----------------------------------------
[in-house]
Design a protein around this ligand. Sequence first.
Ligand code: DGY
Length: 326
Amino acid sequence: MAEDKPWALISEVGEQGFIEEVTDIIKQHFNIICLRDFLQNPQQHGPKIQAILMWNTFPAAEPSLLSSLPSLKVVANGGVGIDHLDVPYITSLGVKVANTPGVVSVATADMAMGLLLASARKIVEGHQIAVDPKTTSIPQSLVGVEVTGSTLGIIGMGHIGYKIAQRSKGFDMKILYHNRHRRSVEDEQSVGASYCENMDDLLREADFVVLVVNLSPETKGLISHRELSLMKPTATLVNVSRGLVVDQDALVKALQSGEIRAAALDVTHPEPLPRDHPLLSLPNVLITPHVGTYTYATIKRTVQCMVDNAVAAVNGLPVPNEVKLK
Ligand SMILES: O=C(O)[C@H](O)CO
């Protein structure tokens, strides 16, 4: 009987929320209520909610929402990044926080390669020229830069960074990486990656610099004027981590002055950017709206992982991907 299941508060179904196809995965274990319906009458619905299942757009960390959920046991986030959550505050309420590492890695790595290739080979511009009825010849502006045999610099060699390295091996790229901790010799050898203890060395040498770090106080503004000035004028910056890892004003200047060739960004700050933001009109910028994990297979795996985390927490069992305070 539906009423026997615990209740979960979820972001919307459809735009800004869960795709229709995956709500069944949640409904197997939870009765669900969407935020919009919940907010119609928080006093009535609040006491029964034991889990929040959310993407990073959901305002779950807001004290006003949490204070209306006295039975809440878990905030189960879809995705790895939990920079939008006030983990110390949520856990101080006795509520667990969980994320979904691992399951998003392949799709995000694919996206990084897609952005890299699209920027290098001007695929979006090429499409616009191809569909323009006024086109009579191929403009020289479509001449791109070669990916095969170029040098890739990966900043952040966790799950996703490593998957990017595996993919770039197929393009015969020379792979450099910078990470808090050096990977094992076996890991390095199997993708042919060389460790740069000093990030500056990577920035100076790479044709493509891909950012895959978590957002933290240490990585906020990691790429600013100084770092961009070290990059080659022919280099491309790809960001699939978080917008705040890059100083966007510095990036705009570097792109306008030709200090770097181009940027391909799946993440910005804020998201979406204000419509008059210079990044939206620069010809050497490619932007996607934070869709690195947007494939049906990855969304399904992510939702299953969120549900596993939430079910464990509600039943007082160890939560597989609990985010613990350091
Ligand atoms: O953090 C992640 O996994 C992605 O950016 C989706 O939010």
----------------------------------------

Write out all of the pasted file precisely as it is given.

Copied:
[in-house]
Design a protein around this ligand. Sequence first.
Ligand code: DGY
Length: 326
Amino acid sequence: MAEDKPWALISEVGEQGFIEEVTDIIKQHFNIICLRDFLQNPQQHGPKIQAILMWNTFPAAEPSLLSSLPSLKVVANGGVGIDHLDVPYITSLGVKVANTPGVVSVATADMAMGLLLASARKIVEGHQIAVDPKTTSIPQSLVGVEVTGSTLGIIGMGHIGYKIAQRSKGFDMKILYHNRHRRSVEDEQSVGASYCENMDDLLREADFVVLVVNLSPETKGLISHRELSLMKPTATLVNVSRGLVVDQDALVKALQSGEIRAAALDVTHPEPLPRDHPLLSLPNVLITPHVGTYTYATIKRTVQCMVDNAVAAVNGLPVPNEVKLK
Ligand SMILES: O=C(O)[C@H](O)CO
């Protein structure tokens, strides 16, 4: 009987929320209520909610929402990044926080390669020229830069960074990486990656610099004027981590002055950017709206992982991907 299941508060179904196809995965274990319906009458619905299942757009960390959920046991986030959550505050309420590492890695790595290739080979511009009825010849502006045999610099060699390295091996790229901790010799050898203890060395040498770090106080503004000035004028910056890892004003200047060739960004700050933001009109910028994990297979795996985390927490069992305070 539906009423026997615990209740979960979820972001919307459809735009800004869960795709229709995956709500069944949640409904197997939870009765669900969407935020919009919940907010119609928080006093009535609040006491029964034991889990929040959310993407990073959901305002779950807001004290006003949490204070209306006295039975809440878990905030189960879809995705790895939990920079939008006030983990110390949520856990101080006795509520667990969980994320979904691992399951998003392949799709995000694919996206990084897609952005890299699209920027290098001007695929979006090429499409616009191809569909323009006024086109009579191929403009020289479509001449791109070669990916095969170029040098890739990966900043952040966790799950996703490593998957990017595996993919770039197929393009015969020379792979450099910078990470808090050096990977094992076996890991390095199997993708042919060389460790740069000093990030500056990577920035100076790479044709493509891909950012895959978590957002933290240490990585906020990691790429600013100084770092961009070290990059080659022919280099491309790809960001699939978080917008705040890059100083966007510095990036705009570097792109306008030709200090770097181009940027391909799946993440910005804020998201979406204000419509008059210079990044939206620069010809050497490619932007996607934070869709690195947007494939049906990855969304399904992510939702299953969120549900596993939430079910464990509600039943007082160890939560597989609990985010613990350091
Ligand atoms: O953090 C992640 O996994 C992605 O950016 C989706 O939010």